By 1980, the popularity of the cannibal film had become a matter of competition amongst exploitation filmmakers around the world, each setting out to raise the bar for the next. While the genre had been around since the serials of the 1930's, it wasn't until the 1970's that we were treated to the site of natives actually devouring the flesh of their victims, thus capitalizing on the popularity and formula of the zombie film and putting a new twist on the jungle survival experience. Director Umberto Lenzi was amongst the first Euro-Shock filmmakers to tackle the subject with his 1972 classic Il Paese del sesso selvaggio (Deep River Savages), the film that served as the blueprint for dozens of films to follow. In 1980, Lenzi and company set out to make Cannibal Ferox, the film that would become synonymous with the genre, but due to budgetary constraints and scheduling conflicts, the epic Ferox would have to wait. Mangiati Vivi (Eaten Alive) was hastily conceived and shot on 16mm film for a bargain basement price. To flesh out the film, Lenzi "borrowed" footage from several other genre entries (including his own Deep River Savages, going so far as to cast that film's lead actress, Mi Mi Lai, to make the recycling of her death scene more convincing!).
The film centers around a Sheila Morris (Agren), a wealthy woman searching for her sister. After finding out that she has followed a self-proclaimed prophet named Jonas (Rassimov) into the wilds of New Guinea, where he has set up a "purification" colony. Sheila enlists the aid of Mark (Kerman) a Vietnam War deserter familiar with the jungle. Mark and Sheila find the colony after narrowly escaping from a tribe of cannibals, but soon realize that they are trapped in Jonas' camp with his drugged followers. Now they must choose between certain death in the jungle or the mad Jonas' "ideal" community.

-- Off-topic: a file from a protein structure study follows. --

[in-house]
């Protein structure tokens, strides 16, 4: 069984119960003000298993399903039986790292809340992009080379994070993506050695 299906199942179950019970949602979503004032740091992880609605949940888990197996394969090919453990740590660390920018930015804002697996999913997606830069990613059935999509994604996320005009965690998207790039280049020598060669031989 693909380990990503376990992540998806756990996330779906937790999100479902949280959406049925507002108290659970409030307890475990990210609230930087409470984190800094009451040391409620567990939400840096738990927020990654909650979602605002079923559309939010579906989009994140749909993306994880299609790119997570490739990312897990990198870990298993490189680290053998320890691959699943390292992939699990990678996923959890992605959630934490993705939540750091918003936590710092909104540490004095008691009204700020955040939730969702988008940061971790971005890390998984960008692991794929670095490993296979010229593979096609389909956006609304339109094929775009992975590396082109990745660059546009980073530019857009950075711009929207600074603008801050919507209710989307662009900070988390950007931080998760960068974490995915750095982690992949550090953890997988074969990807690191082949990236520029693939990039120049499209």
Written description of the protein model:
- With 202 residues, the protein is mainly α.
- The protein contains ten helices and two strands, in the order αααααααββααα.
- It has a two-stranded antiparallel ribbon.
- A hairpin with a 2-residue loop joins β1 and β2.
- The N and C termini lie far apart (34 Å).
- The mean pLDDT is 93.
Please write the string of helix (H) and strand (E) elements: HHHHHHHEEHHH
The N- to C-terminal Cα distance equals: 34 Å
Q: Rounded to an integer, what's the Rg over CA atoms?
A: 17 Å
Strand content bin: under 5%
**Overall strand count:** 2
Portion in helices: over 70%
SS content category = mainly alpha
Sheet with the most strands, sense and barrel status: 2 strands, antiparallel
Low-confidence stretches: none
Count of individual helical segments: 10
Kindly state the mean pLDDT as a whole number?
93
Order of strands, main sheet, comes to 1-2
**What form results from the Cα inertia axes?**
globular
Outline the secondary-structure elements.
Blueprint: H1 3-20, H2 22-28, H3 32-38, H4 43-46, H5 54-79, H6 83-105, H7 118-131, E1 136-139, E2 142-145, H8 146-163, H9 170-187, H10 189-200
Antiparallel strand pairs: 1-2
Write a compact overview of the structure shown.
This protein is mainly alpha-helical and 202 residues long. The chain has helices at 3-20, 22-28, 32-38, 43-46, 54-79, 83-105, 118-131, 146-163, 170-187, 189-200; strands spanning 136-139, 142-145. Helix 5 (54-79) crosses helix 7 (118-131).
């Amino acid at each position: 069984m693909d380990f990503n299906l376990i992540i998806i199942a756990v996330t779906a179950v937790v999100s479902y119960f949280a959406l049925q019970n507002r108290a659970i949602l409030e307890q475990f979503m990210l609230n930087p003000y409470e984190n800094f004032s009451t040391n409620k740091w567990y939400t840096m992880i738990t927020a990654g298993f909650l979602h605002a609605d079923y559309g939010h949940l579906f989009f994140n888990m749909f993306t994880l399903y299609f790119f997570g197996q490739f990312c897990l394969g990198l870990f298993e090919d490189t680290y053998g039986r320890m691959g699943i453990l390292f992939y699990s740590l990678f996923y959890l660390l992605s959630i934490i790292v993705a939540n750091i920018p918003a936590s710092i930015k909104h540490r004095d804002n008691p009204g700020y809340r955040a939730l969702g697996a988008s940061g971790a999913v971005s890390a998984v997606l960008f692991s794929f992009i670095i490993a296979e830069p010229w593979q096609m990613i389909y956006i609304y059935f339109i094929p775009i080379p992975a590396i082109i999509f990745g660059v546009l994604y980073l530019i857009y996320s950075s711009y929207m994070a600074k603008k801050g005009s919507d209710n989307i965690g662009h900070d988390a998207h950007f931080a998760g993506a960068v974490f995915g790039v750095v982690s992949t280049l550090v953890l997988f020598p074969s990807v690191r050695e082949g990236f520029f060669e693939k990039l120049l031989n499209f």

Eaten Alive is typical of the euro-shock cannibal flick in that it features all of the trademarks of the genre, including the highly controversial scenes of animal cruelty that have made these films so maligned in recent years. In the case of Eaten Alive and it's budgetary issues, there are more than the average amount of these scenes, but, to be fair, most of them are from other films. I'm not particularly bothered by those segments since they are not that much different than the staged animal confrontations Disney incorporated into their "documentaries", but those of you who would rather watch an army of infants crawl into a volcano than see a single puppy get hit by a car have been warned.
As for the human casualties, we are shown some truly grotesque scenes of cannibals (and we know they are cannibals because they have bad wigs) tugging on chunks of chicken and animal intestines, chopping off penises, breasts, feet, and, in one very cool scene, tearing open a human carcass and hollowing it out (even though it's probably a pig or a calf, the editing is very good!).
Lenzi, who never shies away from an opportunity to show a little gratuitous T&A, is in top form here, with loads of full frontal shots of the lovely Mrs. Mi Mi Lai and Paola Senatore, as well as Janet Agren's incredibly dangerous looking chest missiles. As a matter of fact, I don't think 10 minutes goes by without a glimpse of some gorgeous lady doing something...well...naked. Clearly, Lenzi knows who is audience is!
Shriek Show's DVD presentation is very nice, with a sharp transfer that retains some of the 16mm artifacting, but is cleaned up quite nicely. The audio track is crisp and free of distortion. As for extras, the disc features interviews, a stills gallery, and an assortment of Shriek Show Cannibal Themed trailers.
While Eaten Alive isn't in league with Lenzi's own Cannibal Ferox, or, my personal favorite of the genre, Ruggero Deodato's Jungle Holocaust, it's still a very entertaining and silly low-budget chomp-fest that will more than please genre fans.